There’s “fishing blind” (casting when you can’t see the fish), and then there’s “fishing blindfolded”, which is how many people might describe midge fishing.
Sub-#20 flies can be invisible on the water and seemingly impossible to detect a strike with them. But I’ve been using this simple method for many years, and it’s become my go-to strategy for fishing midge dries and emergers (or any small flies that are difficult to see).
But first, I should note this method of strike detection is meant specifically for slow, smooth water (usually larger, longer runs or pools) where you see fish actively taking midge adults on the surface or emergers just below the surface. In some cases, you’ll be able to see the fish, but often, you’ll only be able to see its rises. And this is where the technique I’m about to describe really shines.
This might sound like a niche application, but it’s actually quite a frequent situation since: a). chironomids are almost always the most abundant food source for trout resource in any watershed, b). they hatch all year round, and c). the type of runs and pools mentioned above exist on all types of streams: freestones, spring creeks, tailwaters, etc..
Plus, after the hatches of summer and fall die down, midges take over and hatch throughout the winter, so I use perimeter strike detection constantly in the “off season”.
So you can see why it’s one of the tools I rely upon most often.
Perimeter Strike Detection
The reason most people can’t see their #24 fly is precisely because they’re looking for the fly. In this method, you don’t focus on seeing the fly itself; rather, you focus on where you predict the fly to be given the water speed and distance. Let’s look at it step-by-step.
- Identify the Fish’s Rise Perimeter. If there are multiple trout rising in the run, focus on one specific one and identify its feeding pattern. When trout are on midges, they’ll normally hold near the surface, and you’ll see them rise in a particular rhythm (this can be affected by how heavy or light the hatch is, but it’s nonetheless predictable). The rises won’t be in exactly the same place every time, but will be within a certain “perimeter” the trout feels comfortable rising within–a predictable pattern often in a “ring” shape (fig 1). For the fish, there’s a certain distance that’s just “too far” outside that perimeter and not worth their energy, so obviously, you want to target your fly to land within that perimeter (i.e., the red “X” in fig.2).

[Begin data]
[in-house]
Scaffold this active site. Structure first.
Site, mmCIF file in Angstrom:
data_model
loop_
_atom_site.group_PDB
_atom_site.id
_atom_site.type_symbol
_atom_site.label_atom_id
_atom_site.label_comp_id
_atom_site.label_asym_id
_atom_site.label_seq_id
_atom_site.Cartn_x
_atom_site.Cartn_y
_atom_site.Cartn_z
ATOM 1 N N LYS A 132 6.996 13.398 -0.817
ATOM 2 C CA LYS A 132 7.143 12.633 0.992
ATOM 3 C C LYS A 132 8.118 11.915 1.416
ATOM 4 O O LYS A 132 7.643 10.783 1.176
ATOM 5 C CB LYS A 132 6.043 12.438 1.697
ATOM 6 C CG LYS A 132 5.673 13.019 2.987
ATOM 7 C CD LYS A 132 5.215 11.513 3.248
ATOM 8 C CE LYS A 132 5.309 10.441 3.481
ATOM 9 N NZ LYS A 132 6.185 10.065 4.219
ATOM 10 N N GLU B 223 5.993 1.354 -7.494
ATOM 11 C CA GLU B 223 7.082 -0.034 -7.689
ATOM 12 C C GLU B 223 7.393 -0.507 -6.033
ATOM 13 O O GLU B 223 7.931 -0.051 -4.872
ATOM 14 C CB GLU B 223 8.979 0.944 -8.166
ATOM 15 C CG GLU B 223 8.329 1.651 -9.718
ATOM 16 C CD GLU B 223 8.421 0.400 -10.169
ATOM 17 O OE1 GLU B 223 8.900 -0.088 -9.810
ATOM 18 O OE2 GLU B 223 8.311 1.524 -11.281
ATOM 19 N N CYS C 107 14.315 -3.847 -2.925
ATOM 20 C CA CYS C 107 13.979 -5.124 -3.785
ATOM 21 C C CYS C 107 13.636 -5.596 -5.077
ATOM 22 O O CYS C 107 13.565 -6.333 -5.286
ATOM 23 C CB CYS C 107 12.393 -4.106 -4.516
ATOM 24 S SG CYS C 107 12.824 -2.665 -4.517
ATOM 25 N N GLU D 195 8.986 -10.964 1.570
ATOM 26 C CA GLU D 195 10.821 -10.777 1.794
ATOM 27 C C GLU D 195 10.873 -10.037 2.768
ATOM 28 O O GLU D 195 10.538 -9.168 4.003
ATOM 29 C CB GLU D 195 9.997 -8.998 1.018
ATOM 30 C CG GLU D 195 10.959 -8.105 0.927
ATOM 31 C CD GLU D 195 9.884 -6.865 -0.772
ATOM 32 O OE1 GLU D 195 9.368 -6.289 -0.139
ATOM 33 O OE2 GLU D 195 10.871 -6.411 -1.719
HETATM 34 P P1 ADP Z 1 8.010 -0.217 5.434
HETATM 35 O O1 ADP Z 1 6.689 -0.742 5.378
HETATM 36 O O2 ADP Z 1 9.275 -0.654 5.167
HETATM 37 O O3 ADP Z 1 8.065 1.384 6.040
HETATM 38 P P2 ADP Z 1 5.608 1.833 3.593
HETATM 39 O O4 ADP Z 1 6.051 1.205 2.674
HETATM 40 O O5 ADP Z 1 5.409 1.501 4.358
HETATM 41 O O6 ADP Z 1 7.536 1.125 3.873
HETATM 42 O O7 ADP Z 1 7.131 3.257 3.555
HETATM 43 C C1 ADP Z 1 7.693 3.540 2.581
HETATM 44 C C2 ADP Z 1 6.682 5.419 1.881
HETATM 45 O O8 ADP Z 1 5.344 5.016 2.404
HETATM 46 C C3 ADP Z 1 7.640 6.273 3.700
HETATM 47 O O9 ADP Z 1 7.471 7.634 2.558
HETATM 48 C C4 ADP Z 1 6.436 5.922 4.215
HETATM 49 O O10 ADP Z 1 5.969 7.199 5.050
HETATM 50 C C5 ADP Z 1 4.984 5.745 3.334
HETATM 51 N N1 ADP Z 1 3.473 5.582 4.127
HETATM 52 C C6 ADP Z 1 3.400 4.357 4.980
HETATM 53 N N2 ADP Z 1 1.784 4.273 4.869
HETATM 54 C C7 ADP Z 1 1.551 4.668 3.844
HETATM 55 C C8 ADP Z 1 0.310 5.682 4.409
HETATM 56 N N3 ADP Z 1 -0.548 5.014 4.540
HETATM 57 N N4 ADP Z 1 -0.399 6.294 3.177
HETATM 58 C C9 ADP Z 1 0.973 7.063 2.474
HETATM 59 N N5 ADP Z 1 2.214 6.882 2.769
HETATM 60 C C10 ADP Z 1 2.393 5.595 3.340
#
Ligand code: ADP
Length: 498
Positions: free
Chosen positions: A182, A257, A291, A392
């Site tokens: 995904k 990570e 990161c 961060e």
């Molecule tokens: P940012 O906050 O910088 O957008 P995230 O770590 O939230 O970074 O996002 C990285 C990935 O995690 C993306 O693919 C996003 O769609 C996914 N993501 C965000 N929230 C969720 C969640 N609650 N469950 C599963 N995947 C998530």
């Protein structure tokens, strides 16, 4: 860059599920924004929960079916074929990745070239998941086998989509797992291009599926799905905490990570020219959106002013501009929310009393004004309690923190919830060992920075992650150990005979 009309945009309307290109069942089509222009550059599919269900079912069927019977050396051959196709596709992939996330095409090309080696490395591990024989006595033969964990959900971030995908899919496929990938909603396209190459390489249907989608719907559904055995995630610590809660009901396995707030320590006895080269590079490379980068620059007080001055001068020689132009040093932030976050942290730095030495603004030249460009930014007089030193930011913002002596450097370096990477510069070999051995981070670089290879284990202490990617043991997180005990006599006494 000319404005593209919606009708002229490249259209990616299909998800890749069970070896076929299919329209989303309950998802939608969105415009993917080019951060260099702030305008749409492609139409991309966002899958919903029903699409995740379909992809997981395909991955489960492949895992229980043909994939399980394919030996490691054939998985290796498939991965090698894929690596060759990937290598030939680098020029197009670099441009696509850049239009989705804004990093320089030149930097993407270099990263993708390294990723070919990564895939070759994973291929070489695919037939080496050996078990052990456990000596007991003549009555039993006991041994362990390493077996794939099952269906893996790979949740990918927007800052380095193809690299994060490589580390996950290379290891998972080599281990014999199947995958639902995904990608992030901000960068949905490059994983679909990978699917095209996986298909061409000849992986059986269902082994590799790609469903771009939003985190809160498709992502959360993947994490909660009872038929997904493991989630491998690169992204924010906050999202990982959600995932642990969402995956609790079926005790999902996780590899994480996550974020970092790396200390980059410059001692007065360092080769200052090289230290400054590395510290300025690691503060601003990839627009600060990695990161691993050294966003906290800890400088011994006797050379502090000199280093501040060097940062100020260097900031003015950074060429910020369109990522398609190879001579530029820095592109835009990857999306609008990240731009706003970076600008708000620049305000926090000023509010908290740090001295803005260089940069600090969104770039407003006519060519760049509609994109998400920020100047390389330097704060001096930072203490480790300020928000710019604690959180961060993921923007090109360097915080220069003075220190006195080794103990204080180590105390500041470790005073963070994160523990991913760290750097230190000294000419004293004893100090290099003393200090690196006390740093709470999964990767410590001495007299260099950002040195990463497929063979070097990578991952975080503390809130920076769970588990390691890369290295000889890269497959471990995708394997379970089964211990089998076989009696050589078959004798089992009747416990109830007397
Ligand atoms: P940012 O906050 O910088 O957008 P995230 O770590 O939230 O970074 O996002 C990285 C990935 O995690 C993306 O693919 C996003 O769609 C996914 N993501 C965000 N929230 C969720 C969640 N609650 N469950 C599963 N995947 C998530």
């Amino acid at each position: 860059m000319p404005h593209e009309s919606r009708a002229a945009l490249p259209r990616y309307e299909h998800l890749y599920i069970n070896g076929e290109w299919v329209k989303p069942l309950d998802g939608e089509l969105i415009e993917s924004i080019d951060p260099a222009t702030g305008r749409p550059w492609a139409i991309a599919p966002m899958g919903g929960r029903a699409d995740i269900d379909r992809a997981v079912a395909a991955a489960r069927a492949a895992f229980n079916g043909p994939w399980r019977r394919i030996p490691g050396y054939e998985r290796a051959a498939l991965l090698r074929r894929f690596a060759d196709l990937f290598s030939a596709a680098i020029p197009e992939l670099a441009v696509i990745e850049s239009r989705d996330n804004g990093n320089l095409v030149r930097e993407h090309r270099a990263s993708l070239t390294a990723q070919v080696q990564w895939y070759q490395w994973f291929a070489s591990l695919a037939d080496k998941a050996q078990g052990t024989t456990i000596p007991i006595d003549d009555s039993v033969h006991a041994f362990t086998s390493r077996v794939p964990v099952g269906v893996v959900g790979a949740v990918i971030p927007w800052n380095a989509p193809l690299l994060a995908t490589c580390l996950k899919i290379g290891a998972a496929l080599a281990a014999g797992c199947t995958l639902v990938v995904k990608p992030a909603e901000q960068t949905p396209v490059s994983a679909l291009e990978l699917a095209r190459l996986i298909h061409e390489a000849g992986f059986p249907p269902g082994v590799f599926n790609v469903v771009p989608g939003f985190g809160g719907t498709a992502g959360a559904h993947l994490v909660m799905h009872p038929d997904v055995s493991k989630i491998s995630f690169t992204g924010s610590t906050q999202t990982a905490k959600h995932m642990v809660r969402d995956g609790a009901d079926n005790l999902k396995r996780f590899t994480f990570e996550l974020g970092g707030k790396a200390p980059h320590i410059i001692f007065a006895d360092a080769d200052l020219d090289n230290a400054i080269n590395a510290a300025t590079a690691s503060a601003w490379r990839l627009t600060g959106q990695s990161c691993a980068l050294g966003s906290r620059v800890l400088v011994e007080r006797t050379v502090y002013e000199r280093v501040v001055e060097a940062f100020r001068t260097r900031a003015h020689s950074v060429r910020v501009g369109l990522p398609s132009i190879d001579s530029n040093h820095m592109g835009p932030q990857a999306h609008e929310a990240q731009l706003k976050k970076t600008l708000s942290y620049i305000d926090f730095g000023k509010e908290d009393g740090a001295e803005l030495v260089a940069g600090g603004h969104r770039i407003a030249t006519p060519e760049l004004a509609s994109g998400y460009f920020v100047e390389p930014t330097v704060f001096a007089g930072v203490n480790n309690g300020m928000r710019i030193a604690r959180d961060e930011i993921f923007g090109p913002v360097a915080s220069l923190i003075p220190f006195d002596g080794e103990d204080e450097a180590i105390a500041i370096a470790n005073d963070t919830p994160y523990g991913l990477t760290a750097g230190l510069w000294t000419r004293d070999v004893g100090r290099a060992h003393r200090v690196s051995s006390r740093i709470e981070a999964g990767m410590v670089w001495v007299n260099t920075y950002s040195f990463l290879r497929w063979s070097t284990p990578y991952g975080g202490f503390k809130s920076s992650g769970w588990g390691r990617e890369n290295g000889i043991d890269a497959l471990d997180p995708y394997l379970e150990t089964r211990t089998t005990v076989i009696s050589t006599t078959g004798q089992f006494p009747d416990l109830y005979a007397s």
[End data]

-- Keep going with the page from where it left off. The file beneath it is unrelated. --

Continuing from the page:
- Note the Current’s Trajectory (fig. 3). You’ll need to understand the current’s speed and direction so you can use it in step 3 below. You could do this by observing the rings of the rises themselves, but they disappear quickly and can distort your perception of the flow, so that’s not very reliable. It’s better to spot something else that’s floating on the surface (such as a leaf) and visually track it for a moment. Or, throw something into the water that floats into a place that won’t disturb the fish and measure with that.
- Visualize your Casting Perimeter. Now, imagine your own “casting” perimeter somewhere ahead of the fish where it will align with the fish’s rise perimeter, and cast your fly into it (fig. 2). The red X marks the spot! Now, floow your imaginary casting perimeter and follow it down with the current as it drifts over the fish’s rise perimeter. As long as your fly lands within your casting perimeter, it’s aligned with the fish’s rise perimeter, and you’ve accurately judged the current speed, your presentation will be within the fish’s comfort zone. But in order to effectively do this, you need to have precise muscle memory of your total line length (+tippet) so you’ll know exactly where your fly will land. So make a few practice casts first somewhere away from the fish so you can accurately gauge it.
- Swing at Every Pitch! Once you think your fly is within the rise perimeter, as soon as you see ANY rise, assume it’s to your fly and set the hook! This is a game of chance. So you might lose a lot of fish at first (if you’re not used to midge fishing), but don’t worry. It will get much easier as you hone your observation and intuition, and honestly, missing fish is par for the course in midge fishing (for a variety of reasons).
You can employ this technique whether your fishing upstream, downstream, or across stream. As a general rule, I prefer either a downstream dead-drift or cross-stream dead-drift presentation for surface midges. In an straight upstream dead drift, the fish see the tippet or line first rather than the fly. This is less critical when fishing larger flies, but the diminutive size of midges exaggerates everything and greatly increases the chances that the fish will see something that just doesn’t look right. So I like to do everything I can to mitigate that.
Perimeter strike detection is my go-to for almost all of my midge fishing and has been responsible for more spectacular days on the water than I can count. If you struggle to detect strikes with midge dries or emergers, you might find this approach refreshing since it takes the pressure off to “see that god damned fly!” and focuses instead on a more eye-friendly “perimeter”.
In addition to that, I love this technique because it forces you to really get in tune with what’s going on. You have to study the trout’s cadence, identify your target, aim, execute the cast just so, synchronize with the current, and be fiercely vigilant for the strike! It’s all about observation, mindfulness, and elegance. I feel a deeper connection to the aquatic drama unfolding before me when I’m midge fishing. And isn’t that one of the reasons we adore fly fishing so much?